The U.S. Congress and President Donald J. Trump, on Friday, adopted bipartisan appropriations legislation that will increase funding for the U.S. President’s Emergency Plan for AIDS Relief (PEPFAR) while keeping the U.S. government open for the rest of the current fiscal year. The bill will appropriate $5.72 billion for PEPFAR and $1.35 billion for the Global Fund to Fight AIDS, Tuberculosis and Malaria.

 

“This proposal will give the first major budget increase for PEPFAR in ten years and shows that the HIV response still enjoys strong bipartisan support,” said Michael Weinstein, AIDS Healthcare Foundation President.  “We’re grateful to Democrats and Republicans for making a well-funded AIDS response a top priority. This a strong first step in finally tackling the persistently high rate of new HIV infections and AIDS-related deaths around the world, but we need to see much more robust commitments in the next fiscal year if we want to see tangible progress in global AIDS control.”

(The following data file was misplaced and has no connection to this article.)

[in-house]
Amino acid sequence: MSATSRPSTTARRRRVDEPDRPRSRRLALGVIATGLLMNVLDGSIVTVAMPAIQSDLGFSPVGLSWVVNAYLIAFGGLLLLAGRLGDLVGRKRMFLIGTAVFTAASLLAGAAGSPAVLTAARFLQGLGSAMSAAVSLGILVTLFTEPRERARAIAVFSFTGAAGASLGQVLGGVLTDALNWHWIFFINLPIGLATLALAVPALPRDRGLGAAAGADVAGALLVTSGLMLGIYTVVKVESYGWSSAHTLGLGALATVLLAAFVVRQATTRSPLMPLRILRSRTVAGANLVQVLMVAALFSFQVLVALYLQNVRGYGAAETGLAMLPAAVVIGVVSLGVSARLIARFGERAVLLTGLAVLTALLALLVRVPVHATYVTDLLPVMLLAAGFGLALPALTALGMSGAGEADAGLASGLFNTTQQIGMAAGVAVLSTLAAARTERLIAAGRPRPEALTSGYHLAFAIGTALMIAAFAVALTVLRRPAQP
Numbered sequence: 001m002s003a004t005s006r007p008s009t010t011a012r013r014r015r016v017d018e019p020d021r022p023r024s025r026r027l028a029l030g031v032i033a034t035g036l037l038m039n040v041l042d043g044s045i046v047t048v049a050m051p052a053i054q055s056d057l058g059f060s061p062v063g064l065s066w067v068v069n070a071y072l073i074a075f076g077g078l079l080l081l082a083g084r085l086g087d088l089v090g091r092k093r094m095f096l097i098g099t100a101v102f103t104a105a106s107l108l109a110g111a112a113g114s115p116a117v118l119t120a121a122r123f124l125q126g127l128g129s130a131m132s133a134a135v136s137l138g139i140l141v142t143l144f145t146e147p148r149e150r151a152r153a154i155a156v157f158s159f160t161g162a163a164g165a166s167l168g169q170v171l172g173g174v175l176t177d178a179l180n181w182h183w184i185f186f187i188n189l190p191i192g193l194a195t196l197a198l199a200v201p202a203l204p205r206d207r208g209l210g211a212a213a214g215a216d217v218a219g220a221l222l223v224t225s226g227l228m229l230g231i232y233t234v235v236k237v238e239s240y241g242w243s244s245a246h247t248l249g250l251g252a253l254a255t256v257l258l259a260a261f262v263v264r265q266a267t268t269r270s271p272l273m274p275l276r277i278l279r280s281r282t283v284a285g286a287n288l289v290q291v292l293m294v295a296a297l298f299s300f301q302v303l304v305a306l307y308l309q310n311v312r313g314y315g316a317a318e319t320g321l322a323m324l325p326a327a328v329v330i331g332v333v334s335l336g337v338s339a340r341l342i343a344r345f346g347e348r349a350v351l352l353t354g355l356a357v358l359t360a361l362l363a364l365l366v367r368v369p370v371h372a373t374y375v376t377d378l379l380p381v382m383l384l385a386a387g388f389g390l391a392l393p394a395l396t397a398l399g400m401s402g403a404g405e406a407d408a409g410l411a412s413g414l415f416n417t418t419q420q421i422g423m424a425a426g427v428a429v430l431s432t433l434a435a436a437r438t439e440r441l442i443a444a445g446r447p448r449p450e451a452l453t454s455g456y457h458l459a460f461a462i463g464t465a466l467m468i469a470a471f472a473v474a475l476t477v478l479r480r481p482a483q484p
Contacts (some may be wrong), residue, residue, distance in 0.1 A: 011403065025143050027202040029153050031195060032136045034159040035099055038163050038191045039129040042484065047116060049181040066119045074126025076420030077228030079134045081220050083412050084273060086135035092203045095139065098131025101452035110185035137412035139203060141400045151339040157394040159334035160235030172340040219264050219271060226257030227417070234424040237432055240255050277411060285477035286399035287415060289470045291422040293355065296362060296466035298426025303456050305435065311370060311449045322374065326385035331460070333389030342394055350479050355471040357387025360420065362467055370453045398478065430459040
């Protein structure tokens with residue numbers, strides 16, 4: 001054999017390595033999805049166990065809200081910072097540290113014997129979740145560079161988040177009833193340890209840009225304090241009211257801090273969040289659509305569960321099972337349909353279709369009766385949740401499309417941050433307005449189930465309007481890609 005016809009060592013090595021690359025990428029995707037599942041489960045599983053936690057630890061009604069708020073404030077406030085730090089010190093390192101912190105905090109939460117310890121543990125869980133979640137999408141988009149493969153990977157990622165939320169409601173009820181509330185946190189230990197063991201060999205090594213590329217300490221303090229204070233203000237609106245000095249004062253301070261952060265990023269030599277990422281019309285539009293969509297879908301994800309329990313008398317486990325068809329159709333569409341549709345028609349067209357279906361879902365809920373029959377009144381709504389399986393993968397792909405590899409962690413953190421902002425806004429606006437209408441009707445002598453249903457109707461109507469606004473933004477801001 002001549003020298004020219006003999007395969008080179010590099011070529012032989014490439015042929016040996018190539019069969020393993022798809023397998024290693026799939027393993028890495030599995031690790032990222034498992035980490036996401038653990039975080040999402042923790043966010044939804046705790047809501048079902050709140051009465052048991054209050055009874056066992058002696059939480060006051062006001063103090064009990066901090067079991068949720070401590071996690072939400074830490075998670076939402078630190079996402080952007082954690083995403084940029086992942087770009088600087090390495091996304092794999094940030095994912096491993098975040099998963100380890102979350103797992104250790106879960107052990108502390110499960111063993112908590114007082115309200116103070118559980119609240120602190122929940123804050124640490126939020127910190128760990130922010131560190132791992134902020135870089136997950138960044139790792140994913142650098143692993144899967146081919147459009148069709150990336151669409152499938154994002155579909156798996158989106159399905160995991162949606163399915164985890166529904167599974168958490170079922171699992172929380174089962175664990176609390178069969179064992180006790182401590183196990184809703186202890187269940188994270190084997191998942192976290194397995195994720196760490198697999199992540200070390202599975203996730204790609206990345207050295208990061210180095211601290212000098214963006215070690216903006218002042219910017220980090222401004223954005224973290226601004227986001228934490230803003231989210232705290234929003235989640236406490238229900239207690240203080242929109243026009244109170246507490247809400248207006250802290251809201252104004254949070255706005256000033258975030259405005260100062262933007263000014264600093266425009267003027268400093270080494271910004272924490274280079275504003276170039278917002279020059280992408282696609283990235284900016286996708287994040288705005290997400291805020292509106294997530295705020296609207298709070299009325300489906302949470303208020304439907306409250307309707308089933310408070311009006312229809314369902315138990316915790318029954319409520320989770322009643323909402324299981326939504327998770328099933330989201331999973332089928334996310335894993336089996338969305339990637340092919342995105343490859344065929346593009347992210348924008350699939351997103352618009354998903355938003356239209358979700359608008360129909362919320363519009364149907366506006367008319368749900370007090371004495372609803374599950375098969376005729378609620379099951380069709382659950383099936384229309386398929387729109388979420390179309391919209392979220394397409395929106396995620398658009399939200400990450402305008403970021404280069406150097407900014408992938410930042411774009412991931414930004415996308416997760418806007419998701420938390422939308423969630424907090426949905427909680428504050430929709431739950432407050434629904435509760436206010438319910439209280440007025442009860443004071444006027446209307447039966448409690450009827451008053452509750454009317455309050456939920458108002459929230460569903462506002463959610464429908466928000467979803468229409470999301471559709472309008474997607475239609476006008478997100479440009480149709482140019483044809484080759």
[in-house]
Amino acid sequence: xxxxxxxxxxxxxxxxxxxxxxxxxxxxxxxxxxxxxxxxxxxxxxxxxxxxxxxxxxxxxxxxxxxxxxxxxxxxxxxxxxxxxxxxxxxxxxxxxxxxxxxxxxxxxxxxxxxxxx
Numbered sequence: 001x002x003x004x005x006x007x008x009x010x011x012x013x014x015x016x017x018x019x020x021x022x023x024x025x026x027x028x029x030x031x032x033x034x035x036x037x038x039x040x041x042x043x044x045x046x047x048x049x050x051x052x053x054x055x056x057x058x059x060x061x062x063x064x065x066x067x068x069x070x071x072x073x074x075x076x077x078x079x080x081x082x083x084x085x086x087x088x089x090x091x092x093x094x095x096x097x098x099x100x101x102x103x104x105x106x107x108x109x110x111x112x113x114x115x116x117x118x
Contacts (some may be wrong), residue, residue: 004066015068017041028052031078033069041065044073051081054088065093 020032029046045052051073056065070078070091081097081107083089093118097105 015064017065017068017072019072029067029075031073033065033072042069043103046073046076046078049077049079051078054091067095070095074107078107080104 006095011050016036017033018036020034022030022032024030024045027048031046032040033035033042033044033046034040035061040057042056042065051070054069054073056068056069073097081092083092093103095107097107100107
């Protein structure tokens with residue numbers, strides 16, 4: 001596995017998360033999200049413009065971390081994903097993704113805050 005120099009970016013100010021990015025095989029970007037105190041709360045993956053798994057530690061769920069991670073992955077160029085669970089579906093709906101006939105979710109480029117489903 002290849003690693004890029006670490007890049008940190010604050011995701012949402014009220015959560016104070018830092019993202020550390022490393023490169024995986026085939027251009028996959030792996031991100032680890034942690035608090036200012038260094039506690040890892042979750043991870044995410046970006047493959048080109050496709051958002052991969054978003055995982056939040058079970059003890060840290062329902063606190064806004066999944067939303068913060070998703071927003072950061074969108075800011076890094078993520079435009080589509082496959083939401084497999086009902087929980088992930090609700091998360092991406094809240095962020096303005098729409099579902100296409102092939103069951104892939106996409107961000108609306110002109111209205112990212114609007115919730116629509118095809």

PEPFAR is the U.S. government’s program to address the HIV epidemic outside the United States. Proposed by President George W. Bush, it was established in 2003 by an act of Congress and is the biggest single disease-specific global health initiative in history. Since its beginning, it has saved 18.9 million lives; ensured lifesaving treatment for 14.6 million people living with HIV; supported 2.4 million babies born HIV-free to HIV-positive mothers; provided voluntary medical circumcision to 18.9 million males globally; and supported HIV testing services for 95 million people.

 

Since the Global Fund’s inception in 2002, it has saved over 27 million lives. There are over 17.5 million people receiving lifesaving antiretroviral therapy for HIV, and in 2017 alone, the Fund treated 5 million people for tuberculosis and distributed nearly 200 million mosquito nets to combat malaria. Its proven multilateral model effectively balances donor input with the greatest need and ensures almost $4 billion per year reaches programs run by local experts in low- and middle-income countries.

 

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